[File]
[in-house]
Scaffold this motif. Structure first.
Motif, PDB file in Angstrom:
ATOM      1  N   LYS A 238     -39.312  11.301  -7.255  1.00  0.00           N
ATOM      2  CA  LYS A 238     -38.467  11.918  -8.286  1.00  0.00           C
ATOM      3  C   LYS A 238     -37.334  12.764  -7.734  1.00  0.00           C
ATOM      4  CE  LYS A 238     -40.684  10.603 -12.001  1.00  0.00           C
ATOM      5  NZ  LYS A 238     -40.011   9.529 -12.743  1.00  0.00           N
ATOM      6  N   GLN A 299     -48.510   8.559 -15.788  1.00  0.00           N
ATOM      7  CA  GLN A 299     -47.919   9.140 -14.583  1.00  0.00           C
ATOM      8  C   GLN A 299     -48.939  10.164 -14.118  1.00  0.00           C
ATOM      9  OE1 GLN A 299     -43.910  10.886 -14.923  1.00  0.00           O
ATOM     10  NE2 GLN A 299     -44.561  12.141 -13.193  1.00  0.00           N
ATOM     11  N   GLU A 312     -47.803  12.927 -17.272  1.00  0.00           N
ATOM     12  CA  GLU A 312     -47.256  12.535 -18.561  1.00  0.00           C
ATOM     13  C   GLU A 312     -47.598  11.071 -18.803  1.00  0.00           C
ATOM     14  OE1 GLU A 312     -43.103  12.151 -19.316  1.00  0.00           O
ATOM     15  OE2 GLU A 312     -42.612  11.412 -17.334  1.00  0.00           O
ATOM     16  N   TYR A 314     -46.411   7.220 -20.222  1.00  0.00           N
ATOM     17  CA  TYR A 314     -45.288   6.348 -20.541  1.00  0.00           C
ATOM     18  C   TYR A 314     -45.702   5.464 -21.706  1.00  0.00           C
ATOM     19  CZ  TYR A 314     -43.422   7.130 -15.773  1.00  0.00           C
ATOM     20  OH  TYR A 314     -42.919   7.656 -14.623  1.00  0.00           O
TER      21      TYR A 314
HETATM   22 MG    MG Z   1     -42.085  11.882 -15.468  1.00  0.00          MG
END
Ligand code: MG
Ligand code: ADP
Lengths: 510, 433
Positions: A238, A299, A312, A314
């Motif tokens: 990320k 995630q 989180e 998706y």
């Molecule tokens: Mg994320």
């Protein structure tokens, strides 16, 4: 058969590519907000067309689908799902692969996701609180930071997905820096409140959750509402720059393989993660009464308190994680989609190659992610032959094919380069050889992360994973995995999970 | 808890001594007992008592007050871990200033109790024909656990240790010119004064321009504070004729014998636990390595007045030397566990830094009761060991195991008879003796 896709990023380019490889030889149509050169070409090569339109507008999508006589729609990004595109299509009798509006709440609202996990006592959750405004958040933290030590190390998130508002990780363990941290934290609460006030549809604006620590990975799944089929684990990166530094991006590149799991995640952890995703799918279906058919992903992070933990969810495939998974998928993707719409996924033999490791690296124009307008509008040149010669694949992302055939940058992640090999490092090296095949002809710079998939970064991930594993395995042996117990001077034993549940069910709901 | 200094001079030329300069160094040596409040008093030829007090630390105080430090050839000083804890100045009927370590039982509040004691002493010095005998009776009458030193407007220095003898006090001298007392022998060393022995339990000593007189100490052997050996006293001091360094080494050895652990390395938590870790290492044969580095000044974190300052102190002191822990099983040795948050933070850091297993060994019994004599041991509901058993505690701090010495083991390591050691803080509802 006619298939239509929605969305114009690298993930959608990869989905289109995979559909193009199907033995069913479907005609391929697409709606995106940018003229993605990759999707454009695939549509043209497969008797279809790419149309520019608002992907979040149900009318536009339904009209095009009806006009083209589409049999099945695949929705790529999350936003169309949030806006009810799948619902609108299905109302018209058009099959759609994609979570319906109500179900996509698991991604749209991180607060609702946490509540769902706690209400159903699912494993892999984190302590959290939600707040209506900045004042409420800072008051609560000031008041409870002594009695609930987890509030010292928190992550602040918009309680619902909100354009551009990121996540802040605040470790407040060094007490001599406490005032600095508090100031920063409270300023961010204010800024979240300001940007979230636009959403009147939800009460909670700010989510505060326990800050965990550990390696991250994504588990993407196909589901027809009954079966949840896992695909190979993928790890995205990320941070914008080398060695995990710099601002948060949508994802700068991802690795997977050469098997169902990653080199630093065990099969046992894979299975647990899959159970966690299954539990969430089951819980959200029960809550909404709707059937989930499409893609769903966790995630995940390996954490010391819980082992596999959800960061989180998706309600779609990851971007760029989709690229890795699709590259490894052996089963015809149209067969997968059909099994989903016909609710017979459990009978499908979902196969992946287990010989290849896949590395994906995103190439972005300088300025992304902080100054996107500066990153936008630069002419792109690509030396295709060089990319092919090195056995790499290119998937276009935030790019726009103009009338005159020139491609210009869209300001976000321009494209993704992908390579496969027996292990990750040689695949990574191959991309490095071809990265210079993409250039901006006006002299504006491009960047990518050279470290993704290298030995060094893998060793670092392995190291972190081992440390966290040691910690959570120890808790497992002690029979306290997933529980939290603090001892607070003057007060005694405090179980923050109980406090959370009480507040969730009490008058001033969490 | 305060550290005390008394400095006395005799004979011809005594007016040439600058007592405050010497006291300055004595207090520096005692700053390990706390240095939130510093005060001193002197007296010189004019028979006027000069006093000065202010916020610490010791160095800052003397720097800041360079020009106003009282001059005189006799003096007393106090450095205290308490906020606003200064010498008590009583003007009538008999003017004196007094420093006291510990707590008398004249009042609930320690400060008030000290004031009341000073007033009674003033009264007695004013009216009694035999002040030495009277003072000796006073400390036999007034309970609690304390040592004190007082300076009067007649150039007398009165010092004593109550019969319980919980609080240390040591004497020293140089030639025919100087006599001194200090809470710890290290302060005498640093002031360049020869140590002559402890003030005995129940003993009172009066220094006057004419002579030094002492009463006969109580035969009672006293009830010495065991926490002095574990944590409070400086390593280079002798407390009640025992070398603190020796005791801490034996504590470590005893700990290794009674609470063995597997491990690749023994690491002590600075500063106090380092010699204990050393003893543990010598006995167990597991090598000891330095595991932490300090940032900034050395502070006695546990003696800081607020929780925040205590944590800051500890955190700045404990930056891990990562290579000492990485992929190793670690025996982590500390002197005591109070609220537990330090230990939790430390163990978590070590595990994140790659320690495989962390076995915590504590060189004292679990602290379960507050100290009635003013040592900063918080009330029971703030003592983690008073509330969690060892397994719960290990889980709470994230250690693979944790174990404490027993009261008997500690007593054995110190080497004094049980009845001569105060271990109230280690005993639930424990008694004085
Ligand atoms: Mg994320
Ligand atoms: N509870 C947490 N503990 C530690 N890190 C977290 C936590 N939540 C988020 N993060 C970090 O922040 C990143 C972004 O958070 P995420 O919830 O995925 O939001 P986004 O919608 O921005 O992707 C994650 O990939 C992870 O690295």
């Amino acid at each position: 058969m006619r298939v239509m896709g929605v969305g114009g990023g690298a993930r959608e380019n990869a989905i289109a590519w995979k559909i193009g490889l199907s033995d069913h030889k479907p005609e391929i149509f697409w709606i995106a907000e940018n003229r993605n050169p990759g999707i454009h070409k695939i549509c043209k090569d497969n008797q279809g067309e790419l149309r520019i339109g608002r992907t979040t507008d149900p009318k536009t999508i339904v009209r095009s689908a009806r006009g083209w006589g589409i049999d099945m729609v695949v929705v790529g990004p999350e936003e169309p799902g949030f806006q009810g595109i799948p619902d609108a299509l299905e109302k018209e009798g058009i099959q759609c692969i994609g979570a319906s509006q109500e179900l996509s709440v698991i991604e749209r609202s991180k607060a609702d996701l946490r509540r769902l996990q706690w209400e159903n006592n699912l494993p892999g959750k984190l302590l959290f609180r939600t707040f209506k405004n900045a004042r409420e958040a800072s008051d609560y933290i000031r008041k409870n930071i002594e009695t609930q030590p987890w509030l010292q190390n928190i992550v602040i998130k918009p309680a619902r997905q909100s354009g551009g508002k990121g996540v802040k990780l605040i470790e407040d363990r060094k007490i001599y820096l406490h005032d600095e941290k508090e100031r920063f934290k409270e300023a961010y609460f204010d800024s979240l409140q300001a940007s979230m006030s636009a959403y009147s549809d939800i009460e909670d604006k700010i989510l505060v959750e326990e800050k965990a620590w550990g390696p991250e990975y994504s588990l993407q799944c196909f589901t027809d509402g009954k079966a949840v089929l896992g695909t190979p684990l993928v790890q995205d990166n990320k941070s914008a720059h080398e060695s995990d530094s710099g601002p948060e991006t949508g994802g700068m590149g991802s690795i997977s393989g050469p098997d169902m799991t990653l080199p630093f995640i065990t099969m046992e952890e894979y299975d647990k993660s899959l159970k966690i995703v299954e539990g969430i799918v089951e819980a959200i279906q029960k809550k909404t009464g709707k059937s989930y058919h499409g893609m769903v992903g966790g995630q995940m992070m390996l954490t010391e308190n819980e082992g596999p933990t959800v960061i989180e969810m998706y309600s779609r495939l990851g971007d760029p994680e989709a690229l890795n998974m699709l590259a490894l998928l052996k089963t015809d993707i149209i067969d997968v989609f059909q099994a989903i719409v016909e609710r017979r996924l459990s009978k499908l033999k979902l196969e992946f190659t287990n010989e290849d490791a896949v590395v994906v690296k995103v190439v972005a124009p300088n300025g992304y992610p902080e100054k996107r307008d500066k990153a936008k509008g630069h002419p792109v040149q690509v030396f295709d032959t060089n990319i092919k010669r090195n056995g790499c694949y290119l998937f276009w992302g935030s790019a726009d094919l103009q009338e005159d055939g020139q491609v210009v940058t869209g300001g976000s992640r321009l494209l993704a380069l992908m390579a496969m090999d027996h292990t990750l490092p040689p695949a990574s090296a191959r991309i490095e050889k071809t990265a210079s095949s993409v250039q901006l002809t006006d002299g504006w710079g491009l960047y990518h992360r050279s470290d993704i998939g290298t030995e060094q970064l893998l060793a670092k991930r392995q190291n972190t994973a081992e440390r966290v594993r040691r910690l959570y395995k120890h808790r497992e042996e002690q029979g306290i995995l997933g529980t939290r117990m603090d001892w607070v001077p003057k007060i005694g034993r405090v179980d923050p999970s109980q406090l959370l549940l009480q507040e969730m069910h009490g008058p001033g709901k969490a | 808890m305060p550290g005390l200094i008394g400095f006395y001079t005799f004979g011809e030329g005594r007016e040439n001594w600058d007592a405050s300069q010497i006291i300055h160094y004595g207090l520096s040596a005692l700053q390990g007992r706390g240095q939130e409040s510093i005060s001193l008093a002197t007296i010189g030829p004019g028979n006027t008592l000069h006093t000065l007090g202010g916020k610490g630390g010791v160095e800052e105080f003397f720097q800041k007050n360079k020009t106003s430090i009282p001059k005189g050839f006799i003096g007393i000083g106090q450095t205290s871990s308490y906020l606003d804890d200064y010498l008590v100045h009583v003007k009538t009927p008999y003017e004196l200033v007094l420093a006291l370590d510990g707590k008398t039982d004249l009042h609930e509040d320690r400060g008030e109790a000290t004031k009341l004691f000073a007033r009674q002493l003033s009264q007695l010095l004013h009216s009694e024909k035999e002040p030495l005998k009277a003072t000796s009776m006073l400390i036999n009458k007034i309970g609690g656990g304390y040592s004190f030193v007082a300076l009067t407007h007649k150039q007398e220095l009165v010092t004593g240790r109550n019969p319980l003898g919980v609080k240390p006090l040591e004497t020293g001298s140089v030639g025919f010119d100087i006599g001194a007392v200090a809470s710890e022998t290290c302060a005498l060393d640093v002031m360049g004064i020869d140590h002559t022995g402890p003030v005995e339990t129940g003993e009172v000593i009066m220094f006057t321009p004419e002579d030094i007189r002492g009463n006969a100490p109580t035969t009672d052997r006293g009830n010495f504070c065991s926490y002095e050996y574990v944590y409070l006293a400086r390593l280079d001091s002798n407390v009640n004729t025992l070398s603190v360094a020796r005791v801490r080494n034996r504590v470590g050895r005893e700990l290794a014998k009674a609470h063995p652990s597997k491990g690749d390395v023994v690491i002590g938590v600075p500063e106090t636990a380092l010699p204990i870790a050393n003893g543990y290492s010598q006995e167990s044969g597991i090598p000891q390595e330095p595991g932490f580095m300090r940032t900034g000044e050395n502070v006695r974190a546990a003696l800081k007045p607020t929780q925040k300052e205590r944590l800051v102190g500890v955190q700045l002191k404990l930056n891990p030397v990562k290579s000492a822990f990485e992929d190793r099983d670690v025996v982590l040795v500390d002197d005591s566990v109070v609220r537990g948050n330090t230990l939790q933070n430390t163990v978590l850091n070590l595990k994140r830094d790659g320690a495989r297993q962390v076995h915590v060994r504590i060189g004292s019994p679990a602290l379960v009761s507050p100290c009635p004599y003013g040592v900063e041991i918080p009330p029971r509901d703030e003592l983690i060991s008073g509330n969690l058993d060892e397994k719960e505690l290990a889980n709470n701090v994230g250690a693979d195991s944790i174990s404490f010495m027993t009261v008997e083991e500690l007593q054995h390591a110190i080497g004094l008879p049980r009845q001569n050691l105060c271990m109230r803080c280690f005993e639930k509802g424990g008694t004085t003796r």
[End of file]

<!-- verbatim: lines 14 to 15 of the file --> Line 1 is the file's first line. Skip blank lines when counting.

ATOM     11  N   GLU A 312     -47.803  12.927 -17.272  1.00  0.00           N
ATOM     12  CA  GLU A 312     -47.256  12.535 -18.561  1.00  0.00           C